1) Let go.
For some Christmas can be what we call a “passionate” time ( not in the fun way) tempers fray over putting together dollhouses at 3am, simmering dislike or tension can turn into a full blown fight during a game of twister. For others Christmas may be a time of loneliness or regret.
In the meditation classes we talk a lot about the effects of replaying negative thoughts and old hurts on your nervous system. Did you know as clever as our brain is, it cannot differentiate the difference between what is a real or perceived threat? Most of the adverse effects of stress comes from the activation of the flight or fight part of the nervous system and our bodies, in the aftermath, are awash with stress chemicals that can affect your health. If people want to hand you their bitterness and judgment over Christmas you are not responsible for it – you don’t have to own it. You are not responsible for how people act and interact. You are responsible for you. So don’t be the person in the middle of the drama or perpetuating the drama when it’s all said and done. Slowly breathe in and out – and let it go.
2) Create a sanctuary.
Whether this is in a room in your house or outside under a tree. Sometimes you need a place to escape to (or hide – no judgment) that is calm. If you are up to your eyeballs in relatives staying over, or the kids are being just a bit too excited about being on holidays, tag out and go and unwind. Why not run a bath with delicious oils and listen to some relaxing music ? Or try my favourite of getting up before everyone else and take a cup of tea outside and watch the sunrise.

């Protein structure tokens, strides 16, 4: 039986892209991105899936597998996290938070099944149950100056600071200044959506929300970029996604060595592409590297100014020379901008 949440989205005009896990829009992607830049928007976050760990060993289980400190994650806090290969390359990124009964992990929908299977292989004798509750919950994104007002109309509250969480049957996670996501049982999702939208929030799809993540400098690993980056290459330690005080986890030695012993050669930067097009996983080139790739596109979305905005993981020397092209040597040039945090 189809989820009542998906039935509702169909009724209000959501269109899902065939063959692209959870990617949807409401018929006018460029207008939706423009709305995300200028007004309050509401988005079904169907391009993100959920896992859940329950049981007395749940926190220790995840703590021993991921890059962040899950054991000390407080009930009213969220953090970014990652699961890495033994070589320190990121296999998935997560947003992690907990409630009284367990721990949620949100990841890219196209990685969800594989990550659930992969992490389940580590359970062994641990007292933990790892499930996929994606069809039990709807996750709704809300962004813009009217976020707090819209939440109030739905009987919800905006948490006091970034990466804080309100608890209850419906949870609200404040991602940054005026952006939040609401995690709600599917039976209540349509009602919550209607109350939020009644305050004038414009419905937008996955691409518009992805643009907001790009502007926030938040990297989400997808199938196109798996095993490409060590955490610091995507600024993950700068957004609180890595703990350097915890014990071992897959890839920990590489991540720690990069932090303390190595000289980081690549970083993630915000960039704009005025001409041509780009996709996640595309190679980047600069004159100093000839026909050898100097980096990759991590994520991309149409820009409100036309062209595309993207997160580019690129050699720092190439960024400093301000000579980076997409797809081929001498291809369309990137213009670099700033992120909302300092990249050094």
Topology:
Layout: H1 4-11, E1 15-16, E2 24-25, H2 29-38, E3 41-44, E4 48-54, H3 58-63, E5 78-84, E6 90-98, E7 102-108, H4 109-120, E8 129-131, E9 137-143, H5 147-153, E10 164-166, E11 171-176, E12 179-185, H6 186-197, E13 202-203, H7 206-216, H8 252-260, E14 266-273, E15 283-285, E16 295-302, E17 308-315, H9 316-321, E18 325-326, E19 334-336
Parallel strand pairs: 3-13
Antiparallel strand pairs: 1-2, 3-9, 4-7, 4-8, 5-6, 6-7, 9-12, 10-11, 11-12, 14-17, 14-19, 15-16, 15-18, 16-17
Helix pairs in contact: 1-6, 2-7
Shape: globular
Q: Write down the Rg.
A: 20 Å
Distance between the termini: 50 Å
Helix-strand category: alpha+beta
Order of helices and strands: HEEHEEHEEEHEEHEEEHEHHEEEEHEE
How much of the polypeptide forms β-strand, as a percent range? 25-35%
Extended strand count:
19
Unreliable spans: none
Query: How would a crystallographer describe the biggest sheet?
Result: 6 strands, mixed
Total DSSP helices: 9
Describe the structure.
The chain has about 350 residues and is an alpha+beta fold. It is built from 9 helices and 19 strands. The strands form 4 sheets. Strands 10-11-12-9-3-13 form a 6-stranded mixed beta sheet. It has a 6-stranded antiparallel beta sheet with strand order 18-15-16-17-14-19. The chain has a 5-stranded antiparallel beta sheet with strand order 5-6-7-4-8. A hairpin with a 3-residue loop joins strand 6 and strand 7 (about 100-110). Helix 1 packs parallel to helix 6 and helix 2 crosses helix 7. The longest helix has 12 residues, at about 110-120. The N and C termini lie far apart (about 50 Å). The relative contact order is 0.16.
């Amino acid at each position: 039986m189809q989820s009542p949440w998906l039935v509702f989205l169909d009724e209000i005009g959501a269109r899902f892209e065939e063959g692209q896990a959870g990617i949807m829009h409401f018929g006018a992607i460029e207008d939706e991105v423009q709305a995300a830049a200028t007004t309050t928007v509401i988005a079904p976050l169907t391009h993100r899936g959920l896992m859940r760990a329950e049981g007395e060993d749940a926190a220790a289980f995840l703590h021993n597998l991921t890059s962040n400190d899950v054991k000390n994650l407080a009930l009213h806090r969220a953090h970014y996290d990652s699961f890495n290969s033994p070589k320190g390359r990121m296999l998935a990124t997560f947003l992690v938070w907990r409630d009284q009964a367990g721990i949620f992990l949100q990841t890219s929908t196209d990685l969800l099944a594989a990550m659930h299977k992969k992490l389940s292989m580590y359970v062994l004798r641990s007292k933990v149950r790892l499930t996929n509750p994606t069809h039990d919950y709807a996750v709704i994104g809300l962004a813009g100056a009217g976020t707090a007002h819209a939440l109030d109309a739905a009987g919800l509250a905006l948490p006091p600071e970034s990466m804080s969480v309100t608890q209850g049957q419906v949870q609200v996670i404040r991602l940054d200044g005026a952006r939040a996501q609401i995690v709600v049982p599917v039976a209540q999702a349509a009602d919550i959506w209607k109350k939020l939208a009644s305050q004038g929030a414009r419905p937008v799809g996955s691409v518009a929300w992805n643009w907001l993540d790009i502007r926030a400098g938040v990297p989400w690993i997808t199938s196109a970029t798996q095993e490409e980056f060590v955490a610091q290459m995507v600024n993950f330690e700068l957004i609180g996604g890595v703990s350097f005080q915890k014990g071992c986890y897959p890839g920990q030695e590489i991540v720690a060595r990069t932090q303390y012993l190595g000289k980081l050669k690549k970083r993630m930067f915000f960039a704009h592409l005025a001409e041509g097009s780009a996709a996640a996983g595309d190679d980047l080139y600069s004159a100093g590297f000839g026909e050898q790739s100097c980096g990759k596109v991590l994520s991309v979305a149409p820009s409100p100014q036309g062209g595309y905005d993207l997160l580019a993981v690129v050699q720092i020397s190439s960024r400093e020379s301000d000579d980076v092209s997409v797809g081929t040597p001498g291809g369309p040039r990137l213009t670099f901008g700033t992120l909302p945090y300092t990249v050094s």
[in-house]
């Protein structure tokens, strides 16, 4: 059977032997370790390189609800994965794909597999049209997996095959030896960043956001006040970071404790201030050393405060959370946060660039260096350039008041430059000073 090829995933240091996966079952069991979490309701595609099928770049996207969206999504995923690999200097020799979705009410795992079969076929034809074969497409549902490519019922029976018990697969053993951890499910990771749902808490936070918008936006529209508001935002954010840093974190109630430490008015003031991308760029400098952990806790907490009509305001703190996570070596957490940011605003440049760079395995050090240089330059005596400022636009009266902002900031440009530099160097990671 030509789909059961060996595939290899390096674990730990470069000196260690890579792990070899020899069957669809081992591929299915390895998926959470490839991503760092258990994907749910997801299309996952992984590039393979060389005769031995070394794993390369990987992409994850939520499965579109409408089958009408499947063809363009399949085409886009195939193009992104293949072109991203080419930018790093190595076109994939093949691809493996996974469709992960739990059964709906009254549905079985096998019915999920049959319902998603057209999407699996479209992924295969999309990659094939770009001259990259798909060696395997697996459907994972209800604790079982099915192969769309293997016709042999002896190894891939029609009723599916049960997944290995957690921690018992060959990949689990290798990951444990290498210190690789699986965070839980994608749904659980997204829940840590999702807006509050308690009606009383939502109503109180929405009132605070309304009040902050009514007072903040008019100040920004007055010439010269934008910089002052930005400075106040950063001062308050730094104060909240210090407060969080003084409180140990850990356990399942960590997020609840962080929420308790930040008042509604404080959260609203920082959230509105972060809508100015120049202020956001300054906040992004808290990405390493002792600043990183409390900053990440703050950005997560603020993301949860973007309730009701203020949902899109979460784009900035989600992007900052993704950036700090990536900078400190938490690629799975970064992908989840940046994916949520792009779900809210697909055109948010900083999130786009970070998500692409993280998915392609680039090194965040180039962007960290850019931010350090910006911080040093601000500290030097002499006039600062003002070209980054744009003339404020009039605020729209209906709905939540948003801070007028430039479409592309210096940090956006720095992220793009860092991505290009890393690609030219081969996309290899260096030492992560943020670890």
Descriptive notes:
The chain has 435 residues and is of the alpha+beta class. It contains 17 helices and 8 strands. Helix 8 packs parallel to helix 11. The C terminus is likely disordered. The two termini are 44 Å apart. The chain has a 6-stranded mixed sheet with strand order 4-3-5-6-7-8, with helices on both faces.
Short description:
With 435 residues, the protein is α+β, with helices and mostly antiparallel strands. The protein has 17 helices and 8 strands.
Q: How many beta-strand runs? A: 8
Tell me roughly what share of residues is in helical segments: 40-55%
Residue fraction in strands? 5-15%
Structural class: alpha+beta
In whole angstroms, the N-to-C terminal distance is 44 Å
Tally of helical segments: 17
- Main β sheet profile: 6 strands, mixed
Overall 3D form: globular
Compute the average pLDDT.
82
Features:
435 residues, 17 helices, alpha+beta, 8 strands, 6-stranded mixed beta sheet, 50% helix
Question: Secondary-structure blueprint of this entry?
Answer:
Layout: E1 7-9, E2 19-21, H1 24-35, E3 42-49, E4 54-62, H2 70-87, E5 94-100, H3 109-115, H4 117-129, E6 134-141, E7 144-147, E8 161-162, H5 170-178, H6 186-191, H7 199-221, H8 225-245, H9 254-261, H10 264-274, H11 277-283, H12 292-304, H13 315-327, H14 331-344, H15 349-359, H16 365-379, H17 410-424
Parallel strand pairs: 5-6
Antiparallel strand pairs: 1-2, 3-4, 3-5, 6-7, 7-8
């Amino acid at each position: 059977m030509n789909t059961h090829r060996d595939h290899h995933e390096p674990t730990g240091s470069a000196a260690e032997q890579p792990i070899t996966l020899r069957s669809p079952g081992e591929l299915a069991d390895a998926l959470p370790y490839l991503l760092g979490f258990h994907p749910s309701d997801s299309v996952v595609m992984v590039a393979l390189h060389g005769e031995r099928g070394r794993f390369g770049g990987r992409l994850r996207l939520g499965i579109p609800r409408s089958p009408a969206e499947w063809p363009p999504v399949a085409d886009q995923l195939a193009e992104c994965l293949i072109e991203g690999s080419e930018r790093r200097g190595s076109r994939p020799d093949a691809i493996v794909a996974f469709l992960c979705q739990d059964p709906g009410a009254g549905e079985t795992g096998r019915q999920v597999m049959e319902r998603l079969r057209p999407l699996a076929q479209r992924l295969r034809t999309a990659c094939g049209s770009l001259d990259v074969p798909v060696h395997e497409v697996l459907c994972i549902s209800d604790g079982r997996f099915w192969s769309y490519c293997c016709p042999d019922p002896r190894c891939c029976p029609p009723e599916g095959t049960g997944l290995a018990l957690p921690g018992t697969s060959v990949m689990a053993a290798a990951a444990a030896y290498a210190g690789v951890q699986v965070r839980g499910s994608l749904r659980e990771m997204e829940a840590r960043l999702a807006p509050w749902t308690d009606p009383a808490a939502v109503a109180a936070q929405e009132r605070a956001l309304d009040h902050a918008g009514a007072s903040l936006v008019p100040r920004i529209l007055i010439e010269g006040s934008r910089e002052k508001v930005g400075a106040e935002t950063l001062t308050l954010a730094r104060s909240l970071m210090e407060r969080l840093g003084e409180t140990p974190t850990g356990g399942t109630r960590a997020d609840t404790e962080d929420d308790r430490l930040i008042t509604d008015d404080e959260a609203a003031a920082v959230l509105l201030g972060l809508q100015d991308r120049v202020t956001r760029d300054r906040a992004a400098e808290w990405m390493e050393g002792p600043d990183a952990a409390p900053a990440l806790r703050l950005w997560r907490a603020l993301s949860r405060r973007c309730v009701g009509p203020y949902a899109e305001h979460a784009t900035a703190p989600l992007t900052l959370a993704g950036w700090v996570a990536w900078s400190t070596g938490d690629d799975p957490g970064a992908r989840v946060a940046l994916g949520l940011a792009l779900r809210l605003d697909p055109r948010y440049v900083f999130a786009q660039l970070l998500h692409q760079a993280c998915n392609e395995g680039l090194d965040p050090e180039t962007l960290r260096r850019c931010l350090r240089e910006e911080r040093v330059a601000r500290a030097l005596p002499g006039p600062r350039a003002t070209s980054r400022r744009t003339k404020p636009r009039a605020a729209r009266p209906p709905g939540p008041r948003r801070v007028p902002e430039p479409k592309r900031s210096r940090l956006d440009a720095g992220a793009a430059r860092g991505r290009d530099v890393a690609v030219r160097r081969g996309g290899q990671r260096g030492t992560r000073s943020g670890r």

3) Meditate daily (even if it’s for 10 minutes)
Carve some time out to pause and breathe. If you find your mind is too active some people find it useful to use a guided meditation. I love the yoga nidra apps – when I am busy I lay on my bed I tune out for 10 minutes and feel pretty chilled afterwards. It’s important to keep our mind in the present and any thoughts that come through our mind ( and they will believe me) you let them float by like a cloud – don’t grab them and hold onto them for grim death. If your mind cannot focus and is too busy I ask people concentrate on the area between your nose and your upper lip. Give it a try – when you focus and breathe in you will feel a cool breath and when you exhale it will feel warm – thus is the miracle of gas exchange in our lungs.
4) Schedule in some quiet / self-care time.
Too busy? in the weeks leading up to Christmas – actually schedule quiet time on your calendar – and book ahead!. It may be half an hour or it could be all day. I call them cave days and I crave them. It’s just me and myself doing nothing much. There are no distractions, no technologies. I can think and muse, look at the sky and pat my dog; or I can go and get a great massage. These strategies will nurture you and help to bolster you for the Christmas Frenzy.
5) Say no.
It seems some of us just cannot say no when asked to do something we don’t want to do. We don’t want disharmony, we may want to be a pleaser. I am here to tell you it is ok to say no. If you can’t fit in another social outing, another piece of Christmas pudding – you can say no thanks , honour what you are feeling and not feel guilty. By doing something you don’t have pleasure in you are only creating more stress in your life and honestly, who needs that?
Hopefully you can use these tips to help find some peace and calm in the upcoming frantic Christmas period. It is imperative we nuture ourselves through regular self care, time outs and meditation , and let negative feelings drift past you whilst you immerse your being with joy and laughter.
I wish you all a Tranquil Christmas,